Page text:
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I am at this place on my way to New York, from whence I expect to sail for Europe.—I promised myself the pleasure of waiting upon and taking leave of you at Quincy; but a detention of some days in Portsmouth, longer than I had calculated upon, and previous arrangements to be in New York at a fixed time, make it necessary for me to hasten on to that City—which I shall do by the Stage of...
It is with inexpressible grief that I have to announce to you the Death of the Great and the Good General Washington. He died last evening between ten and eleven O’clock, after a short illness of about twenty hours. His disorder was an inflamatory sore throat, which proceeded from a cold, of which he made but little complaint on Friday.—On Saturday Morning, about three o’clock, he became ill....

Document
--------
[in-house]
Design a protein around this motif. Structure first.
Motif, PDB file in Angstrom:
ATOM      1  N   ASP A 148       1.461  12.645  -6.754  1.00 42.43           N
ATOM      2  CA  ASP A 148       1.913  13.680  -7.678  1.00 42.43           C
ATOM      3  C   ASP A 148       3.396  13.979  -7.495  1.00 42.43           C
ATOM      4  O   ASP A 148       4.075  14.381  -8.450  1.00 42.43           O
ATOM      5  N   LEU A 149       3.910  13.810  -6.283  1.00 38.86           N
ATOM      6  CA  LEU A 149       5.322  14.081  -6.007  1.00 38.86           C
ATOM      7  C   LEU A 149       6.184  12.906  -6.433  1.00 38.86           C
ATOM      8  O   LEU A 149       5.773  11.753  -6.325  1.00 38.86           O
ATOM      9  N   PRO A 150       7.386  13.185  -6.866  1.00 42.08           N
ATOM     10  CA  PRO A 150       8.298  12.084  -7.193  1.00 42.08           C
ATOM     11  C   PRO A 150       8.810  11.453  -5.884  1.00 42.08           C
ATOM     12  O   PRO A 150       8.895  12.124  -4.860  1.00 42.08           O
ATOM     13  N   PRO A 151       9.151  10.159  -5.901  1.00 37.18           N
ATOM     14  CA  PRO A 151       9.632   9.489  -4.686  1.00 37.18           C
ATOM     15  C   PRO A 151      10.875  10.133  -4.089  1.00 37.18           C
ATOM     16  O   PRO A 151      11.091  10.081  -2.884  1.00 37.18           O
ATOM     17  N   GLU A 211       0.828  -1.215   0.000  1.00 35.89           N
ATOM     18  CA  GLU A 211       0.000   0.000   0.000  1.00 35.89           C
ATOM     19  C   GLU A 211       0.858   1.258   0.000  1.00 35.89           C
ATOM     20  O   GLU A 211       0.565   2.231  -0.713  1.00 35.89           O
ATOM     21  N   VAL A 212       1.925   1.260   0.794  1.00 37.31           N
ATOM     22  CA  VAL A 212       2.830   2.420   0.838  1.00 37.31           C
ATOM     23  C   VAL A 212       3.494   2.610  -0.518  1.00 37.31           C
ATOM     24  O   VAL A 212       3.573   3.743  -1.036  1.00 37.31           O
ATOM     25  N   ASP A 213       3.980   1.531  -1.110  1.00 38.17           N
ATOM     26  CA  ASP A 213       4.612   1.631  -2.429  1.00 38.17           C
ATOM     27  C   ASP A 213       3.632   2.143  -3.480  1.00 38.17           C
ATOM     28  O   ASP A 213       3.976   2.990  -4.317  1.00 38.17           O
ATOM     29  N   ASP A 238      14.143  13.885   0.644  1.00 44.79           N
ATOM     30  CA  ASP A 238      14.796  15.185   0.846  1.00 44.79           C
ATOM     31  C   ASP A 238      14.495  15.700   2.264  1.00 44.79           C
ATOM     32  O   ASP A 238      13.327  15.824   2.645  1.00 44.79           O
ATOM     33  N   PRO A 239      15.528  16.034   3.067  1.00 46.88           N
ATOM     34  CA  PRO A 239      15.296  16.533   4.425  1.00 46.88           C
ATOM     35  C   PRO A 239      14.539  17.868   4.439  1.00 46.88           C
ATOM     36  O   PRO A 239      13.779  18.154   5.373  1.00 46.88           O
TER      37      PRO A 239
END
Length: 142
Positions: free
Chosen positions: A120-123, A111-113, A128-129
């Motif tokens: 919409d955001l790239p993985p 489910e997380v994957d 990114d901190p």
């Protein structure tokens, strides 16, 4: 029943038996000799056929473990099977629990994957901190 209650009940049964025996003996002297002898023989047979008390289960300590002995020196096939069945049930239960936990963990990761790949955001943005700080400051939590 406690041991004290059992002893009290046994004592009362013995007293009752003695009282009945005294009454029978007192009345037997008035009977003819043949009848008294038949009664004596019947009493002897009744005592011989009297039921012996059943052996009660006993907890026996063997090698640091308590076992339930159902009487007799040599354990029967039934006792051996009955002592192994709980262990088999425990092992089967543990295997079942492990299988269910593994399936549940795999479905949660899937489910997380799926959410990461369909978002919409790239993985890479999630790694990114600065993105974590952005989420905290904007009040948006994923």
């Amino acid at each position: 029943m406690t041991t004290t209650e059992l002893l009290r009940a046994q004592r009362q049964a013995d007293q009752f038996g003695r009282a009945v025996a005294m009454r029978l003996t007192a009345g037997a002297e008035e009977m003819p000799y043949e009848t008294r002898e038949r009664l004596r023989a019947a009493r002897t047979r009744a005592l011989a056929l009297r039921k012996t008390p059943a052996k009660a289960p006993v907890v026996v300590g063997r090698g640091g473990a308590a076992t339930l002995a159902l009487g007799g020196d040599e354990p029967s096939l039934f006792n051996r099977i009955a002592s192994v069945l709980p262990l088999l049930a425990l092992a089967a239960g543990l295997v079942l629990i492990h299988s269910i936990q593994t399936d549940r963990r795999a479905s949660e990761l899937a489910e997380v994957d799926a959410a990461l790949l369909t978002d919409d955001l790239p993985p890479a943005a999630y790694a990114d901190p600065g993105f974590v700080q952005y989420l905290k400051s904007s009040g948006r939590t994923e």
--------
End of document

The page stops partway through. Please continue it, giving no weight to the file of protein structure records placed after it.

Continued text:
I have duly received, by the hands of Mr Shaw, the letter which you did me the honor to write on the 24th of December;—and have communicated to the Family at this place, your kind assurances of regard and sympathy; for which they request you to accept their grateful and respectful acknowledgements.— For the feelings which you have had the goodness to express for my loss, I am truly...
By the command of the President of the United States, I do myself the honor to transmit to you the enclosed letters, which have been received by him, the subject of which come properly under the cognizance of the Treasury Department of the United States. The letters enclosed are, one from Mr. Leonard De Neufville dated June 1789. relating sundry transactions between himself & Partners and the...